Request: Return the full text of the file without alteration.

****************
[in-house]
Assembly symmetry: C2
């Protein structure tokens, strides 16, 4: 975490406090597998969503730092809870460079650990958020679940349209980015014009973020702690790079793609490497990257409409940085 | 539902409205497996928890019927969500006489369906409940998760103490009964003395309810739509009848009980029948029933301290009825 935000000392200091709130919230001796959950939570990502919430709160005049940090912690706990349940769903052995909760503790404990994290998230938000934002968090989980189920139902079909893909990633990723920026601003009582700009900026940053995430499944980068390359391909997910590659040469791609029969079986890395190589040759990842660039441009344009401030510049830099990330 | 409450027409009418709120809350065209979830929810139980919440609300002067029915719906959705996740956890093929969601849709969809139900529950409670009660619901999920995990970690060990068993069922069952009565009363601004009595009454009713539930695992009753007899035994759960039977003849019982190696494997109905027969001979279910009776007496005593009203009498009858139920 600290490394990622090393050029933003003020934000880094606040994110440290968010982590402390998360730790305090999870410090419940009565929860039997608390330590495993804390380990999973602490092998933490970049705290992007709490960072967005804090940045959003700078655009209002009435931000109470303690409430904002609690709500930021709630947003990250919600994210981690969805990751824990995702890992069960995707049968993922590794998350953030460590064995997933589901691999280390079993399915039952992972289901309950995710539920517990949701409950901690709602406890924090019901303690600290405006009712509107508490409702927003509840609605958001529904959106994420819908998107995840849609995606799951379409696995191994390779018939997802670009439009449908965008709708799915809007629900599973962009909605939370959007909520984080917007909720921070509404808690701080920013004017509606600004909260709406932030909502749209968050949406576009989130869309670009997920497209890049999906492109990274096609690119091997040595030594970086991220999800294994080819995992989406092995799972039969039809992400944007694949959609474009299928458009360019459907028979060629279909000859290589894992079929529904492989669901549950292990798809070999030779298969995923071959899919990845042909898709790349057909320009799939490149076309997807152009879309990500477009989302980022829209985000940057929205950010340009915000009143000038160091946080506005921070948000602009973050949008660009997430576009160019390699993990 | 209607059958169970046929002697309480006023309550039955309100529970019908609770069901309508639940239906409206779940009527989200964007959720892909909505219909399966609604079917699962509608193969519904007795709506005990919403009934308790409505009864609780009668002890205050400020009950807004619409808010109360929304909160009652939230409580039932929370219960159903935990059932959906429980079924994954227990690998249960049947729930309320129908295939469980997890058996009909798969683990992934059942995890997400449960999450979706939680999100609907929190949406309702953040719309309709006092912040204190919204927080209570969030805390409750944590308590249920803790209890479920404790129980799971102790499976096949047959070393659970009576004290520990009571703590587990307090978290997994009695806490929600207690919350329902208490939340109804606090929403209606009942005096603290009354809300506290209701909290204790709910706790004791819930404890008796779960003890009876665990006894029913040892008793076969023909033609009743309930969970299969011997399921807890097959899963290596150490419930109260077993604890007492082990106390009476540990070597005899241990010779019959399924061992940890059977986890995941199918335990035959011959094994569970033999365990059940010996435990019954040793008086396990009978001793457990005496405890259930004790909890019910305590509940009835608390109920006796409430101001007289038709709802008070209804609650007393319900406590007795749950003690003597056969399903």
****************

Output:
[in-house]
Assembly symmetry: C2
């Protein structure tokens, strides 16, 4: 975490406090597998969503730092809870460079650990958020679940349209980015014009973020702690790079793609490497990257409409940085 | 539902409205497996928890019927969500006489369906409940998760103490009964003395309810739509009848009980029948029933301290009825 935000000392200091709130919230001796959950939570990502919430709160005049940090912690706990349940769903052995909760503790404990994290998230938000934002968090989980189920139902079909893909990633990723920026601003009582700009900026940053995430499944980068390359391909997910590659040469791609029969079986890395190589040759990842660039441009344009401030510049830099990330 | 409450027409009418709120809350065209979830929810139980919440609300002067029915719906959705996740956890093929969601849709969809139900529950409670009660619901999920995990970690060990068993069922069952009565009363601004009595009454009713539930695992009753007899035994759960039977003849019982190696494997109905027969001979279910009776007496005593009203009498009858139920 600290490394990622090393050029933003003020934000880094606040994110440290968010982590402390998360730790305090999870410090419940009565929860039997608390330590495993804390380990999973602490092998933490970049705290992007709490960072967005804090940045959003700078655009209002009435931000109470303690409430904002609690709500930021709630947003990250919600994210981690969805990751824990995702890992069960995707049968993922590794998350953030460590064995997933589901691999280390079993399915039952992972289901309950995710539920517990949701409950901690709602406890924090019901303690600290405006009712509107508490409702927003509840609605958001529904959106994420819908998107995840849609995606799951379409696995191994390779018939997802670009439009449908965008709708799915809007629900599973962009909605939370959007909520984080917007909720921070509404808690701080920013004017509606600004909260709406932030909502749209968050949406576009989130869309670009997920497209890049999906492109990274096609690119091997040595030594970086991220999800294994080819995992989406092995799972039969039809992400944007694949959609474009299928458009360019459907028979060629279909000859290589894992079929529904492989669901549950292990798809070999030779298969995923071959899919990845042909898709790349057909320009799939490149076309997807152009879309990500477009989302980022829209985000940057929205950010340009915000009143000038160091946080506005921070948000602009973050949008660009997430576009160019390699993990 | 209607059958169970046929002697309480006023309550039955309100529970019908609770069901309508639940239906409206779940009527989200964007959720892909909505219909399966609604079917699962509608193969519904007795709506005990919403009934308790409505009864609780009668002890205050400020009950807004619409808010109360929304909160009652939230409580039932929370219960159903935990059932959906429980079924994954227990690998249960049947729930309320129908295939469980997890058996009909798969683990992934059942995890997400449960999450979706939680999100609907929190949406309702953040719309309709006092912040204190919204927080209570969030805390409750944590308590249920803790209890479920404790129980799971102790499976096949047959070393659970009576004290520990009571703590587990307090978290997994009695806490929600207690919350329902208490939340109804606090929403209606009942005096603290009354809300506290209701909290204790709910706790004791819930404890008796779960003890009876665990006894029913040892008793076969023909033609009743309930969970299969011997399921807890097959899963290596150490419930109260077993604890007492082990106390009476540990070597005899241990010779019959399924061992940890059977986890995941199918335990035959011959094994569970033999365990059940010996435990019954040793008086396990009978001793457990005496405890259930004790909890019910305590509940009835608390109920006796409430101001007289038709709802008070209804609650007393319900406590007795749950003690003597056969399903």